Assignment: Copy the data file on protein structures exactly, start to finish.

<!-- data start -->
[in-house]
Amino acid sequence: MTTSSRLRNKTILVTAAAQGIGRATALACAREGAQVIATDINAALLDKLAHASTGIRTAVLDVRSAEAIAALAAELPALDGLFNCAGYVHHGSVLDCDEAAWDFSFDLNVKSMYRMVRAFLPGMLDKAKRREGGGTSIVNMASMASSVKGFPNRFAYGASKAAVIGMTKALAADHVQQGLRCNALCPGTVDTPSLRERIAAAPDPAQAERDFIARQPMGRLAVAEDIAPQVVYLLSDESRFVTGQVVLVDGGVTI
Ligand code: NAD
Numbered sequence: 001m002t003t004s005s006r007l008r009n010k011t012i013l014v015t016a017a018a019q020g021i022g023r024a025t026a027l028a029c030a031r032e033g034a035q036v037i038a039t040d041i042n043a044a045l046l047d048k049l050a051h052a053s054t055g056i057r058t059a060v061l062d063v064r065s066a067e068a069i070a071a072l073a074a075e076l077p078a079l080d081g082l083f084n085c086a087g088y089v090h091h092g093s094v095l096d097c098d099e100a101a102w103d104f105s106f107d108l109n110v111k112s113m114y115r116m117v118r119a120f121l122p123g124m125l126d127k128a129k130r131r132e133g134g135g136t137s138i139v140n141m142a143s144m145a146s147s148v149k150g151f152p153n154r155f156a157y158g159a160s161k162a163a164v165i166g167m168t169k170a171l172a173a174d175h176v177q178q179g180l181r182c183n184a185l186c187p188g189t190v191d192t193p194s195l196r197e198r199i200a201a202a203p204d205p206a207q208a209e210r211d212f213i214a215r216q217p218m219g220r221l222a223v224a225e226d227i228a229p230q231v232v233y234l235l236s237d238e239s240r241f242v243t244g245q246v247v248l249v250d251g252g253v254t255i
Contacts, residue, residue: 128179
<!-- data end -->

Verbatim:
[in-house]
Amino acid sequence: MTTSSRLRNKTILVTAAAQGIGRATALACAREGAQVIATDINAALLDKLAHASTGIRTAVLDVRSAEAIAALAAELPALDGLFNCAGYVHHGSVLDCDEAAWDFSFDLNVKSMYRMVRAFLPGMLDKAKRREGGGTSIVNMASMASSVKGFPNRFAYGASKAAVIGMTKALAADHVQQGLRCNALCPGTVDTPSLRERIAAAPDPAQAERDFIARQPMGRLAVAEDIAPQVVYLLSDESRFVTGQVVLVDGGVTI
Ligand code: NAD
Numbered sequence: 001m002t003t004s005s006r007l008r009n010k011t012i013l014v015t016a017a018a019q020g021i022g023r024a025t026a027l028a029c030a031r032e033g034a035q036v037i038a039t040d041i042n043a044a045l046l047d048k049l050a051h052a053s054t055g056i057r058t059a060v061l062d063v064r065s066a067e068a069i070a071a072l073a074a075e076l077p078a079l080d081g082l083f084n085c086a087g088y089v090h091h092g093s094v095l096d097c098d099e100a101a102w103d104f105s106f107d108l109n110v111k112s113m114y115r116m117v118r119a120f121l122p123g124m125l126d127k128a129k130r131r132e133g134g135g136t137s138i139v140n141m142a143s144m145a146s147s148v149k150g151f152p153n154r155f156a157y158g159a160s161k162a163a164v165i166g167m168t169k170a171l172a173a174d175h176v177q178q179g180l181r182c183n184a185l186c187p188g189t190v191d192t193p194s195l196r197e198r199i200a201a202a203p204d205p206a207q208a209e210r211d212f213i214a215r216q217p218m219g220r221l222a223v224a225e226d227i228a229p230q231v232v233y234l235l236s237d238e239s240r241f242v243t244g245q246v247v248l249v250d251g252g253v254t255i
Contacts, residue, residue: 128179